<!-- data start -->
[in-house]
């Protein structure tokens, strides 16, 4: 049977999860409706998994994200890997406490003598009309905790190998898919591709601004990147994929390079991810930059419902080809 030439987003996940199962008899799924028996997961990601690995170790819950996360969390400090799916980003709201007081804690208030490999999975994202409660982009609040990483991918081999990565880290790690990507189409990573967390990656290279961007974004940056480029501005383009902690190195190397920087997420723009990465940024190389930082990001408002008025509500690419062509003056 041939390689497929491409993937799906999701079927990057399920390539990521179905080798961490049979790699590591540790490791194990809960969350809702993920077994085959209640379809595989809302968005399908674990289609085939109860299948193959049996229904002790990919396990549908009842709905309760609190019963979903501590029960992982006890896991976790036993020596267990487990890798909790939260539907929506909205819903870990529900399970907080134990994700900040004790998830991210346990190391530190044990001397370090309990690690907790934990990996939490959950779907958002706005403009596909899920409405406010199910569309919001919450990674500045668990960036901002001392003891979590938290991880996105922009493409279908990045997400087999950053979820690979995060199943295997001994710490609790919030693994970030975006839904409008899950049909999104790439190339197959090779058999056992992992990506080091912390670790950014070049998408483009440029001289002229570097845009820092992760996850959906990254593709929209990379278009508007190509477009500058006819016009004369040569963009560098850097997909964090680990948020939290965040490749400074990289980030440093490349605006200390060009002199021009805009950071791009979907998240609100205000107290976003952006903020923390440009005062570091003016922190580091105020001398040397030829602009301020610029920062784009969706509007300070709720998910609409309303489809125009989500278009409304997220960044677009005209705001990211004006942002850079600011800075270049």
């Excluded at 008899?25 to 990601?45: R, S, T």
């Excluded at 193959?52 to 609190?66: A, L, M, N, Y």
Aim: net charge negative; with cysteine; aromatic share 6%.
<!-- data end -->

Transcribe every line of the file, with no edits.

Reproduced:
[in-house]
């Protein structure tokens, strides 16, 4: 049977999860409706998994994200890997406490003598009309905790190998898919591709601004990147994929390079991810930059419902080809 030439987003996940199962008899799924028996997961990601690995170790819950996360969390400090799916980003709201007081804690208030490999999975994202409660982009609040990483991918081999990565880290790690990507189409990573967390990656290279961007974004940056480029501005383009902690190195190397920087997420723009990465940024190389930082990001408002008025509500690419062509003056 041939390689497929491409993937799906999701079927990057399920390539990521179905080798961490049979790699590591540790490791194990809960969350809702993920077994085959209640379809595989809302968005399908674990289609085939109860299948193959049996229904002790990919396990549908009842709905309760609190019963979903501590029960992982006890896991976790036993020596267990487990890798909790939260539907929506909205819903870990529900399970907080134990994700900040004790998830991210346990190391530190044990001397370090309990690690907790934990990996939490959950779907958002706005403009596909899920409405406010199910569309919001919450990674500045668990960036901002001392003891979590938290991880996105922009493409279908990045997400087999950053979820690979995060199943295997001994710490609790919030693994970030975006839904409008899950049909999104790439190339197959090779058999056992992992990506080091912390670790950014070049998408483009440029001289002229570097845009820092992760996850959906990254593709929209990379278009508007190509477009500058006819016009004369040569963009560098850097997909964090680990948020939290965040490749400074990289980030440093490349605006200390060009002199021009805009950071791009979907998240609100205000107290976003952006903020923390440009005062570091003016922190580091105020001398040397030829602009301020610029920062784009969706509007300070709720998910609409309303489809125009989500278009409304997220960044677009005209705001990211004006942002850079600011800075270049």
């Excluded at 008899?25 to 990601?45: R, S, T």
């Excluded at 193959?52 to 609190?66: A, L, M, N, Y």
Aim: net charge negative; with cysteine; aromatic share 6%.